CUFI has recently stepped up outreach to Catholics. What precipitated that , and how is the effort going so far? What are your goals for that outreach?

Yes, we are reaching out to Catholics. These efforts started last year, during the presidential campaign, when Bill Donahue of the Catholic League claimed that I had slighted the Catholic Church while teaching from the Book of Revelation. He was mistaken on this point. But he and I handled this disagreement the way that Christians should. We met. We had fellowship. We learned from one another. A few months after the controversy, he came to our Washington, D.C., Summit as my guest. When I recognized him during my keynote address, he received a rousing ovation from our CUFI audience. I consider him a friend.

Bill and I decided that we should turn our personal reconciliation into a broader reconciliation. We decided to try to bring Catholics and Protestants together on behalf of Israel. Some of Israel’s best friends and strongest defenders are devout Catholics. They should be a part of this movement.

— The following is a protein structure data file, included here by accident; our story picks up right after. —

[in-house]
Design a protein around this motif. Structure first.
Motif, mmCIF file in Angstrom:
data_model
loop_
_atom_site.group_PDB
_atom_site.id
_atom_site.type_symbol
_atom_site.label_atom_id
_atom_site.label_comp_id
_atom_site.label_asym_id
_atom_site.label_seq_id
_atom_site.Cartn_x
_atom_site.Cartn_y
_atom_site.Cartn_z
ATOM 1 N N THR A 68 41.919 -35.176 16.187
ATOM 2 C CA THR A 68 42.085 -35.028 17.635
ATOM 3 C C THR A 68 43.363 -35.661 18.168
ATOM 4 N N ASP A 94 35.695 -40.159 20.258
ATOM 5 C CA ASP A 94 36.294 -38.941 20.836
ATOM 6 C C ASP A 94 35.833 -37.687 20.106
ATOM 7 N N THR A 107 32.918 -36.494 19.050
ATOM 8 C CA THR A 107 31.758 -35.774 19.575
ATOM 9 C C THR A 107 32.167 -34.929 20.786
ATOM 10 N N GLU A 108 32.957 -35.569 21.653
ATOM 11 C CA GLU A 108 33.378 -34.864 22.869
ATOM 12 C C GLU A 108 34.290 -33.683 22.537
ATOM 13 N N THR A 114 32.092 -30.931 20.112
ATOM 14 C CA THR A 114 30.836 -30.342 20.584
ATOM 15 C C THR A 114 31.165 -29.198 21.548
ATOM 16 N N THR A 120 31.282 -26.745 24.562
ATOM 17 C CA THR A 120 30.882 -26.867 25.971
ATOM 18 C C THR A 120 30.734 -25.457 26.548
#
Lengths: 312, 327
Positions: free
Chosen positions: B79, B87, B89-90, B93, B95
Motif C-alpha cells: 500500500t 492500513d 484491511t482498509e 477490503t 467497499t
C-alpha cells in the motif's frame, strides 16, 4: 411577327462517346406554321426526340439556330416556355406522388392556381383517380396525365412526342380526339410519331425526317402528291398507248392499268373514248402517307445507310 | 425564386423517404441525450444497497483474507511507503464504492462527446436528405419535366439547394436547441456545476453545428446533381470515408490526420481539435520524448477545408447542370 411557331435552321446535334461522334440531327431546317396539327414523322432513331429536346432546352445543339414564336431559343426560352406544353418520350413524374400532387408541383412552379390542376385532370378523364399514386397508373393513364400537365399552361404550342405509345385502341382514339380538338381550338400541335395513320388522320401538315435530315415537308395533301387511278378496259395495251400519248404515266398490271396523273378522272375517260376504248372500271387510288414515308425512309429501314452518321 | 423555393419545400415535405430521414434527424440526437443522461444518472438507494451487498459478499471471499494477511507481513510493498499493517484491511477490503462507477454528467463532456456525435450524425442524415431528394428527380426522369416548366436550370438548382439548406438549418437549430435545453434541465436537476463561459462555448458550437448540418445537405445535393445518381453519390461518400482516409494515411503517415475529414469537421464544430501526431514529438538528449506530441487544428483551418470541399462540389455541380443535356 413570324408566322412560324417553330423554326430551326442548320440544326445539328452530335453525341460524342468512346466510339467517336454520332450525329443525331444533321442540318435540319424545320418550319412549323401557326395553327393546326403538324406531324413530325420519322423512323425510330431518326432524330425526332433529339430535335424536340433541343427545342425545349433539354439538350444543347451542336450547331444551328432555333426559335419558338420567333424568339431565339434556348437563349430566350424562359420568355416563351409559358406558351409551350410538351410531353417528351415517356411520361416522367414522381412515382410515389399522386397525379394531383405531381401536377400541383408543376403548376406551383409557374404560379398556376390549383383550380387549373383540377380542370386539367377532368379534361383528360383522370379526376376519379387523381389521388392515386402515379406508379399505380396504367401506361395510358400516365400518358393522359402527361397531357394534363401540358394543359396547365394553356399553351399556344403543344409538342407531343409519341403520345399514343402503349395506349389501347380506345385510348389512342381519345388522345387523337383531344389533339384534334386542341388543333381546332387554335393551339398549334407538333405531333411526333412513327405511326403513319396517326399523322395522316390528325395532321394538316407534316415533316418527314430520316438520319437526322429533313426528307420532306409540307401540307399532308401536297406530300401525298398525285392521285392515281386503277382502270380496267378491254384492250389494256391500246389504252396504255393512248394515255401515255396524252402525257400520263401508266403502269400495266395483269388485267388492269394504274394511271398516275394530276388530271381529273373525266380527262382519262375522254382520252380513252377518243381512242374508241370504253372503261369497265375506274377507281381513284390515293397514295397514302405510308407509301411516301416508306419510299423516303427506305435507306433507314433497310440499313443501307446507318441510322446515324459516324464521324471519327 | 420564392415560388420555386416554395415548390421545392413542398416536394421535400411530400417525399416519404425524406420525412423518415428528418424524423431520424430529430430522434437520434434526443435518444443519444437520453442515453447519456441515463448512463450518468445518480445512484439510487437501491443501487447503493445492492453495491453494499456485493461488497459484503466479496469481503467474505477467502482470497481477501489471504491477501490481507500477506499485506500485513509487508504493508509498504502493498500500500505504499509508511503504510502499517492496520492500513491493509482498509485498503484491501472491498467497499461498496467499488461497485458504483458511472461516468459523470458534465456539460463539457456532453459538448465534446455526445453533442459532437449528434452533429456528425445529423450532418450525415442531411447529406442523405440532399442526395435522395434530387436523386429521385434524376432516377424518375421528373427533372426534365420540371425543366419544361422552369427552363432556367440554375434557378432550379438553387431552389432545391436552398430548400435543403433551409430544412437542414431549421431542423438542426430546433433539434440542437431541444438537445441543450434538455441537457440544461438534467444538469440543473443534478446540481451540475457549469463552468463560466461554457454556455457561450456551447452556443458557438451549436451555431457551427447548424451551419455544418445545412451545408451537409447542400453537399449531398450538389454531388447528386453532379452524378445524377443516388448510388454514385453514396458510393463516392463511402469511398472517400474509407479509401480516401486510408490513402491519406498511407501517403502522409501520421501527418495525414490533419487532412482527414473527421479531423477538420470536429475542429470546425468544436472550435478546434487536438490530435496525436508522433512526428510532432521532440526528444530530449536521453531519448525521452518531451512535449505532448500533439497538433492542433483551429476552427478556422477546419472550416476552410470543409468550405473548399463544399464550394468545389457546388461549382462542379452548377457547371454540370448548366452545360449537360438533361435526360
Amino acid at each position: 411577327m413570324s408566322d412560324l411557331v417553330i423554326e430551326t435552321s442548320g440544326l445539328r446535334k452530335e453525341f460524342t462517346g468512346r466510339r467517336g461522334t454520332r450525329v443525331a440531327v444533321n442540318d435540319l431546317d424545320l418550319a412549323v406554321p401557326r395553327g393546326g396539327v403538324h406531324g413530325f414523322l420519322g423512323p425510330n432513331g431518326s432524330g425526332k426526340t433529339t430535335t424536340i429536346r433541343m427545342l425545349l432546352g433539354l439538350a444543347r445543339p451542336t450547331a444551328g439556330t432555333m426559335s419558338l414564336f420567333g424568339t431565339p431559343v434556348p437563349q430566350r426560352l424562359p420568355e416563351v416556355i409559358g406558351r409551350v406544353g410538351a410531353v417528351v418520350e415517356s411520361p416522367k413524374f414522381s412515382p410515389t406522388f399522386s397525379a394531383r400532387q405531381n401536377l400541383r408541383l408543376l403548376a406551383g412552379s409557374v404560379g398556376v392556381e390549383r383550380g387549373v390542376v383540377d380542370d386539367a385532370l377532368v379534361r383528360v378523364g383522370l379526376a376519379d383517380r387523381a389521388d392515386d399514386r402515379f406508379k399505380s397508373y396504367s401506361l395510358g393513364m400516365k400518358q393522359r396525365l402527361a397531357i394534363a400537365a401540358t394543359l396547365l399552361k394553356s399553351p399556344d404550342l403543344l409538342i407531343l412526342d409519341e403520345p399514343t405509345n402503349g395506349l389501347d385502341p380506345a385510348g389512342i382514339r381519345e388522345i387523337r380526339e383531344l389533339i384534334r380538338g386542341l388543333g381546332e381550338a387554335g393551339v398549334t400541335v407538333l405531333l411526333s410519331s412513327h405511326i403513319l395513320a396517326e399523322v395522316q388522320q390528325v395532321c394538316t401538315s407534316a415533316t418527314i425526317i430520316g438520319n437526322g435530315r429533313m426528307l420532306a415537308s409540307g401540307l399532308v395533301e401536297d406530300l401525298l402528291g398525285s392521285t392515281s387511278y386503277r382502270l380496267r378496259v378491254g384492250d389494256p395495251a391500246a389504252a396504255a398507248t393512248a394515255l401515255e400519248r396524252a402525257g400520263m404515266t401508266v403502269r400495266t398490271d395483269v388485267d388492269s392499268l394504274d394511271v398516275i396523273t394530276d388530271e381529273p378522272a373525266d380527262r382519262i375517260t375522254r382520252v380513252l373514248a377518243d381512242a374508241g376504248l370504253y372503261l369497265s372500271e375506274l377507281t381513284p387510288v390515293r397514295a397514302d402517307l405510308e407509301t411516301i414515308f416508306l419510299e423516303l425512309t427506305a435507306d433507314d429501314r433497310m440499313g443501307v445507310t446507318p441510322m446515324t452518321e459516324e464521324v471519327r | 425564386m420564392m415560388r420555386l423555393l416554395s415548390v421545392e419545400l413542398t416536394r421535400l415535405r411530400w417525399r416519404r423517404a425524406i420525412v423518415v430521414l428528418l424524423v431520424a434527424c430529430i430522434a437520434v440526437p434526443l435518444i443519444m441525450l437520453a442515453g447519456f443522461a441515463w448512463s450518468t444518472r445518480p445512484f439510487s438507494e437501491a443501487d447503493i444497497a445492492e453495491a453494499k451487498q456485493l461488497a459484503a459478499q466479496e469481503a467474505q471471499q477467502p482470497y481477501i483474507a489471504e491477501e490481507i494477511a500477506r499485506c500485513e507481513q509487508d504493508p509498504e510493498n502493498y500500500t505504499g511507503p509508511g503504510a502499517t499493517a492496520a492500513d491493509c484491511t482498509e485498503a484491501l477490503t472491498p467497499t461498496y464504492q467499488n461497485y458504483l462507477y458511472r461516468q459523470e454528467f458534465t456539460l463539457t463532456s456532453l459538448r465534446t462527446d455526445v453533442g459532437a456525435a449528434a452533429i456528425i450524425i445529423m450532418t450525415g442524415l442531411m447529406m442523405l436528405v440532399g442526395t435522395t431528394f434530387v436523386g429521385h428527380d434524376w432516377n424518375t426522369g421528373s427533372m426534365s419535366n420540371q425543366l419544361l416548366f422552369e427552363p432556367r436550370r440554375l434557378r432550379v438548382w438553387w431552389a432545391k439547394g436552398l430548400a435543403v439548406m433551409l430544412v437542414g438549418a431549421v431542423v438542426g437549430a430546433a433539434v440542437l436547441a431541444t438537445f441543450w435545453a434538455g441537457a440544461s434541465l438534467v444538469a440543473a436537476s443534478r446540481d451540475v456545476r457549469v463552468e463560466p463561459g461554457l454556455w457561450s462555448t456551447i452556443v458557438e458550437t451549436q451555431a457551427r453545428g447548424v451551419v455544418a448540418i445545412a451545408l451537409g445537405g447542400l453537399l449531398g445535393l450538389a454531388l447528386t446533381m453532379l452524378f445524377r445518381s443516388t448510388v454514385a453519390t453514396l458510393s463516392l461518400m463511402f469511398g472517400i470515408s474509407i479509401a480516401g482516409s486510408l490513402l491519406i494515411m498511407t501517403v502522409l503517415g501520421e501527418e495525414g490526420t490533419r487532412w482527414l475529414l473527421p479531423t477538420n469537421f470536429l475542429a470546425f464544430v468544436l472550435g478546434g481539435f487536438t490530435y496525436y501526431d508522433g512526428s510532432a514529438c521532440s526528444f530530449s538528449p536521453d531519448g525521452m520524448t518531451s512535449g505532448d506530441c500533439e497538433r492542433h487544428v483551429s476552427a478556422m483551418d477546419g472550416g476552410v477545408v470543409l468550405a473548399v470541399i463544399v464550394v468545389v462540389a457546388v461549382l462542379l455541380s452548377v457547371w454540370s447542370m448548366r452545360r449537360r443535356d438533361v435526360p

No, I do not think Rome is the great whore of Babylon, but I think it political that John Hagee no longer does.

Read the rest here: Exclusive: Pastor John Hagee on Zionism and John McCain – God & Country (usnews.com).

Church of England General Synod to debate communion with ACNA

As the TEC in Canada and the Unites States continues a steadily descent into liberalism, while maintianing that it is historically Christian, the Anglican Communion will have to face some serious descisions in the coming months. Personally, I see that the entire Anglican Communion will soon face balkanization heading into directly into liberalism, into Rome, and into Orthodoxy.

The General Synod of the Church of England is to be asked to decide whether it wants to be in communion with the newly founded Anglican Church of North America.

A Private Members Motion (PMM) was tabled at the York General Synod last Friday by lay member Lorna Ashworth calling for recognition of ACNA, which unites into a single church some 100,000 Anglicans in 700 parishes that have severed ties with The Episcopal Church and the Anglican Church of Canada over their liberal shift.

The PMM invites Synod to “express the desire that the Church of England be in communion with the Anglican Church in North America”.

It has received 126 members’ signatures at the York General Synod, meaning that the Synod’s business committee will have to set a date for the debate when it meets in September.